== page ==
Companies use green marketing
Published: Monday, July 28, 2008
Updated: Wednesday, July 25, 2012 20:07
It is no secret that people are more aware than ever of the environment and the impact they have on it. With focuses on the rapidly increasing price of gasoline, climate change, and the popular move towards more organic food, businesses are beginning to capitalize on their environmentally conscious customers.
At the Mays Business School, marketing professors and researchers are watching the marketplace trends for answers on the eco-friendly bandwagon and its effect on business and consumers alike.
"The term 'go green marketing' in the retail world refers to both the back-of-the-house operations and the front-of-the-house operations of a business," said Cheryl Bridges, the director of the center for retailing studies at Mays.
"In the back-of-the-house, the company could do good things for the environment like use less fuel, less packaging or just overall reduce expenses," Bridges said.
"However, from a marketing standpoint, the company can simply tell consumers what they are doing to be more environmentally friendly."
Karen Winterich, an assistant professor of marketing, said that the concept of "going green" focuses on getting consumers to recognize how they impact the environment and this concept also applies to businesses as well.
"Businesses who put forth a green effort are generally positively received for doing the right action," Winterich said.
"But, businesses that do not participate in environmentally friendly actions stand out and are perceived more negatively from the public."
Bridges said that it remains to be seen if "go green marketing" directly benefits the business at this point. Although, she believes that the concept is becoming more and more important to customers.
"All I can see at this point is that this [go green marketing] is paying off for companies in terms of operating cost," Bridges said.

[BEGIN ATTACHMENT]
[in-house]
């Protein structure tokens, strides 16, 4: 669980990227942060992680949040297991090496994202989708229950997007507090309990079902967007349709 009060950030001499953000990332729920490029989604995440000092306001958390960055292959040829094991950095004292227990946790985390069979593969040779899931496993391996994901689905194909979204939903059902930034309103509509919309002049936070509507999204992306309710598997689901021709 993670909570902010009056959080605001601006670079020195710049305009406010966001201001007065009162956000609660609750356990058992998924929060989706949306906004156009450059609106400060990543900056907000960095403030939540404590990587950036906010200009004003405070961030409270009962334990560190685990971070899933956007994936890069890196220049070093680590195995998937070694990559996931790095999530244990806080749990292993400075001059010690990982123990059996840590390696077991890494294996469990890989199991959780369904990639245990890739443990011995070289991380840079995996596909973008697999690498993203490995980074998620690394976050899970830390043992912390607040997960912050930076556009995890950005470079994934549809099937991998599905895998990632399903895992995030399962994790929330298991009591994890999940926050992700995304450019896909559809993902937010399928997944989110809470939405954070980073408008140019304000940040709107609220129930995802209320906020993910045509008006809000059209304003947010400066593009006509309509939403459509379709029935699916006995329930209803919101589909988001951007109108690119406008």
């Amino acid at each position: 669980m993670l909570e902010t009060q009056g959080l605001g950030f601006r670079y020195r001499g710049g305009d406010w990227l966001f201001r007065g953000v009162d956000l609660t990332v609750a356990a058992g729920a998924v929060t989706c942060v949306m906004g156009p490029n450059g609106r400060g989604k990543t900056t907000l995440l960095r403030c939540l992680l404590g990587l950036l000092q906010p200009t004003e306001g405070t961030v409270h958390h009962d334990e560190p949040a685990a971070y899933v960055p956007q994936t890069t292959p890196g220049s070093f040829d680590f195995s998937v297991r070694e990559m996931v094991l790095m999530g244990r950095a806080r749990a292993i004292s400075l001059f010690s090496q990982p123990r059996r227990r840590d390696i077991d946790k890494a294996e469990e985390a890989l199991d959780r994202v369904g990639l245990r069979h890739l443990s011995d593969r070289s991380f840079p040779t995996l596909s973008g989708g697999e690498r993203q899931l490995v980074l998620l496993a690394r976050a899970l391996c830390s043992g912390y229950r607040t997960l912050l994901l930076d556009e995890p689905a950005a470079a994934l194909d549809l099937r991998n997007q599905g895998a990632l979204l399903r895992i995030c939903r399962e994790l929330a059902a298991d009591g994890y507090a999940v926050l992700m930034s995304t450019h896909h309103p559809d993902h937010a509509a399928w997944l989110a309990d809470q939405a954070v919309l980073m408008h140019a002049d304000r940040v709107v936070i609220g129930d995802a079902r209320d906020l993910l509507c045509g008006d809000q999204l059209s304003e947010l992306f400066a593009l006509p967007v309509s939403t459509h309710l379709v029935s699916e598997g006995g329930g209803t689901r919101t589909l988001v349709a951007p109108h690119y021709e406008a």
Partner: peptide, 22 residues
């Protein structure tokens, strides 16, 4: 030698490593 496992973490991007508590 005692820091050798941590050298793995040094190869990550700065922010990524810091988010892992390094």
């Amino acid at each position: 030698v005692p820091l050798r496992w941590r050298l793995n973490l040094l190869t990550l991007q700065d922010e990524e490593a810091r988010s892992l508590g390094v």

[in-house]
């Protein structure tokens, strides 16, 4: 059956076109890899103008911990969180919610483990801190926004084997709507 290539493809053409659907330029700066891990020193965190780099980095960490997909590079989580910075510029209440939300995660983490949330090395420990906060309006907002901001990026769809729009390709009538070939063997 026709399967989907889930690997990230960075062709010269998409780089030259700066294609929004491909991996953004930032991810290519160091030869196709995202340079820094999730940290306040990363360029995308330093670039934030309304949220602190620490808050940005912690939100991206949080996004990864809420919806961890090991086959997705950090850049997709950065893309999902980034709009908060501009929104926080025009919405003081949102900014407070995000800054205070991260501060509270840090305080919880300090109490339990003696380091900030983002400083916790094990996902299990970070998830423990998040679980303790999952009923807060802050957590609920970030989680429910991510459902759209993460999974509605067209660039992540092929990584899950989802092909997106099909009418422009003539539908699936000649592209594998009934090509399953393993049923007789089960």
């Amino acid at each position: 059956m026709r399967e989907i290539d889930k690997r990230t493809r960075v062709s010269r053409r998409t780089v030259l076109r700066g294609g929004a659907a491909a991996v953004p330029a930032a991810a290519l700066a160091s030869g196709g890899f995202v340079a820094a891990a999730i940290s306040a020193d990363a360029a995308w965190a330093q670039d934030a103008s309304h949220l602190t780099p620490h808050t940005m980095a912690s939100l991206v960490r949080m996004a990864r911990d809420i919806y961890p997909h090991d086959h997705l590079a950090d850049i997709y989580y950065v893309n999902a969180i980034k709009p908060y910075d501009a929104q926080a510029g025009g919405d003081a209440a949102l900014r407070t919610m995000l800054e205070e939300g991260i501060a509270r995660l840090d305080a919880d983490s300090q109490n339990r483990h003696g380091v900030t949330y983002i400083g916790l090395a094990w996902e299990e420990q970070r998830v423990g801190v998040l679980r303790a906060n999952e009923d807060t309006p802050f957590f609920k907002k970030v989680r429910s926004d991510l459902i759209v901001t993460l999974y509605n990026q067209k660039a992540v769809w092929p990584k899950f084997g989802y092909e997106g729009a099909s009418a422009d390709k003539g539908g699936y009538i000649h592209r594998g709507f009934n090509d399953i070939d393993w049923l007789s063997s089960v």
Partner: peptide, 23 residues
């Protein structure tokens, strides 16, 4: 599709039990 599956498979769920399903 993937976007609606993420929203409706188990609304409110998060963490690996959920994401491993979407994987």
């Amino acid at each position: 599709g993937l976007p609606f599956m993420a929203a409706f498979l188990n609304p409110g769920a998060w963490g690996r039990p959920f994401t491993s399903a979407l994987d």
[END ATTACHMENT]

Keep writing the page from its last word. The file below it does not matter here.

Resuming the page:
Winterich said that she is optimistic that green marketing campaigns are here to stay and not just a trend.
"It is definitely becoming the norm," Winterich said. "Over the past few years, this type of marketing has been slowly showing up here and there and companies who aren't addressing the environment are being punished by their customers."
In the meantime, consumers face numerous hurdles when trying to go green.
"There are some challenges," Bridges said. "Some companies claim that certain products are 'green' whether they are or not."
Winterich also said that it is difficult for consumers to determine if businesses are telling them the truth about green products.
Another challenge consumers face is if such environmentally friendly products, like organic foods, are a necessity or not. Bridges said that since organic foods are more expensive, consumers might not want to spend more money.
Winterich said that going green is a lifestyle change.
"Change is always difficult," Winterich said. "Whether its driving a smaller car, taking a shorter shower or buying organic food, going green is about changing your habits."
Winterich said that because everyone has a different opinion and definition on what it means to "go green," it is important for businesses to accurately inform their customers about what exactly they are doing to be environmentally friendly.